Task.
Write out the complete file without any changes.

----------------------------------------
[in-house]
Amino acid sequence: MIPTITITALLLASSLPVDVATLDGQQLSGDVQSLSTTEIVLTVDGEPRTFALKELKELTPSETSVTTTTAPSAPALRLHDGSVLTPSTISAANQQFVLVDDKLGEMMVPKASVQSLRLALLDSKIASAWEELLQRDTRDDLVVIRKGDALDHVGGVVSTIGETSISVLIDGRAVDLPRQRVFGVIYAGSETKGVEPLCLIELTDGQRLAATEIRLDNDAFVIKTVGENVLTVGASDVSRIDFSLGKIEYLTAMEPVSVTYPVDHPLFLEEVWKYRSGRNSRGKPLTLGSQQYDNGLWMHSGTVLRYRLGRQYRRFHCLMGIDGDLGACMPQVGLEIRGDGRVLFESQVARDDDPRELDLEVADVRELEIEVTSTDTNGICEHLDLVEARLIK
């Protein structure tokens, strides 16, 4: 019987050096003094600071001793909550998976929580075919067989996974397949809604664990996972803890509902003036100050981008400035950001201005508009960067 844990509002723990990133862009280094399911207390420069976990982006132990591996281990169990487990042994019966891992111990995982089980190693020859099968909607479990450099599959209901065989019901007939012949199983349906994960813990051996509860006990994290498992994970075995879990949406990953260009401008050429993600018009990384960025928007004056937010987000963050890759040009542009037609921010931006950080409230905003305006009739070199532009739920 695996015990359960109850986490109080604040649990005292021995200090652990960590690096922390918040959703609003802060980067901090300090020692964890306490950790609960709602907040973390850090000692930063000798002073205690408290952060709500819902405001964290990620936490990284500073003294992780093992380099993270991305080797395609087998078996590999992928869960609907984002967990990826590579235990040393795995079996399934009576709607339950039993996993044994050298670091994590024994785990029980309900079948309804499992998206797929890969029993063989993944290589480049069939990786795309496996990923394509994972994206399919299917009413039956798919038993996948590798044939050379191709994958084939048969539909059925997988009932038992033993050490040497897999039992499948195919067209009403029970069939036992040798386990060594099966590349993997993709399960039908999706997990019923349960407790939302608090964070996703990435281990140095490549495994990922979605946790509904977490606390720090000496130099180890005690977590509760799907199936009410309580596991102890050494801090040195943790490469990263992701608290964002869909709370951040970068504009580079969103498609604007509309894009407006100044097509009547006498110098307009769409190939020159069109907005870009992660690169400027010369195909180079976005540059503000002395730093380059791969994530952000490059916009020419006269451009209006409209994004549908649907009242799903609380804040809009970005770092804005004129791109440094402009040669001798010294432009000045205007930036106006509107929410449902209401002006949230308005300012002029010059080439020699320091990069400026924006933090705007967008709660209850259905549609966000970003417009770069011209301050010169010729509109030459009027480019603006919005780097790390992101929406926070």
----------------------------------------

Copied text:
[in-house]
Amino acid sequence: MIPTITITALLLASSLPVDVATLDGQQLSGDVQSLSTTEIVLTVDGEPRTFALKELKELTPSETSVTTTTAPSAPALRLHDGSVLTPSTISAANQQFVLVDDKLGEMMVPKASVQSLRLALLDSKIASAWEELLQRDTRDDLVVIRKGDALDHVGGVVSTIGETSISVLIDGRAVDLPRQRVFGVIYAGSETKGVEPLCLIELTDGQRLAATEIRLDNDAFVIKTVGENVLTVGASDVSRIDFSLGKIEYLTAMEPVSVTYPVDHPLFLEEVWKYRSGRNSRGKPLTLGSQQYDNGLWMHSGTVLRYRLGRQYRRFHCLMGIDGDLGACMPQVGLEIRGDGRVLFESQVARDDDPRELDLEVADVRELEIEVTSTDTNGICEHLDLVEARLIK
């Protein structure tokens, strides 16, 4: 019987050096003094600071001793909550998976929580075919067989996974397949809604664990996972803890509902003036100050981008400035950001201005508009960067 844990509002723990990133862009280094399911207390420069976990982006132990591996281990169990487990042994019966891992111990995982089980190693020859099968909607479990450099599959209901065989019901007939012949199983349906994960813990051996509860006990994290498992994970075995879990949406990953260009401008050429993600018009990384960025928007004056937010987000963050890759040009542009037609921010931006950080409230905003305006009739070199532009739920 695996015990359960109850986490109080604040649990005292021995200090652990960590690096922390918040959703609003802060980067901090300090020692964890306490950790609960709602907040973390850090000692930063000798002073205690408290952060709500819902405001964290990620936490990284500073003294992780093992380099993270991305080797395609087998078996590999992928869960609907984002967990990826590579235990040393795995079996399934009576709607339950039993996993044994050298670091994590024994785990029980309900079948309804499992998206797929890969029993063989993944290589480049069939990786795309496996990923394509994972994206399919299917009413039956798919038993996948590798044939050379191709994958084939048969539909059925997988009932038992033993050490040497897999039992499948195919067209009403029970069939036992040798386990060594099966590349993997993709399960039908999706997990019923349960407790939302608090964070996703990435281990140095490549495994990922979605946790509904977490606390720090000496130099180890005690977590509760799907199936009410309580596991102890050494801090040195943790490469990263992701608290964002869909709370951040970068504009580079969103498609604007509309894009407006100044097509009547006498110098307009769409190939020159069109907005870009992660690169400027010369195909180079976005540059503000002395730093380059791969994530952000490059916009020419006269451009209006409209994004549908649907009242799903609380804040809009970005770092804005004129791109440094402009040669001798010294432009000045205007930036106006509107929410449902209401002006949230308005300012002029010059080439020699320091990069400026924006933090705007967008709660209850259905549609966000970003417009770069011209301050010169010729509109030459009027480019603006919005780097790390992101929406926070």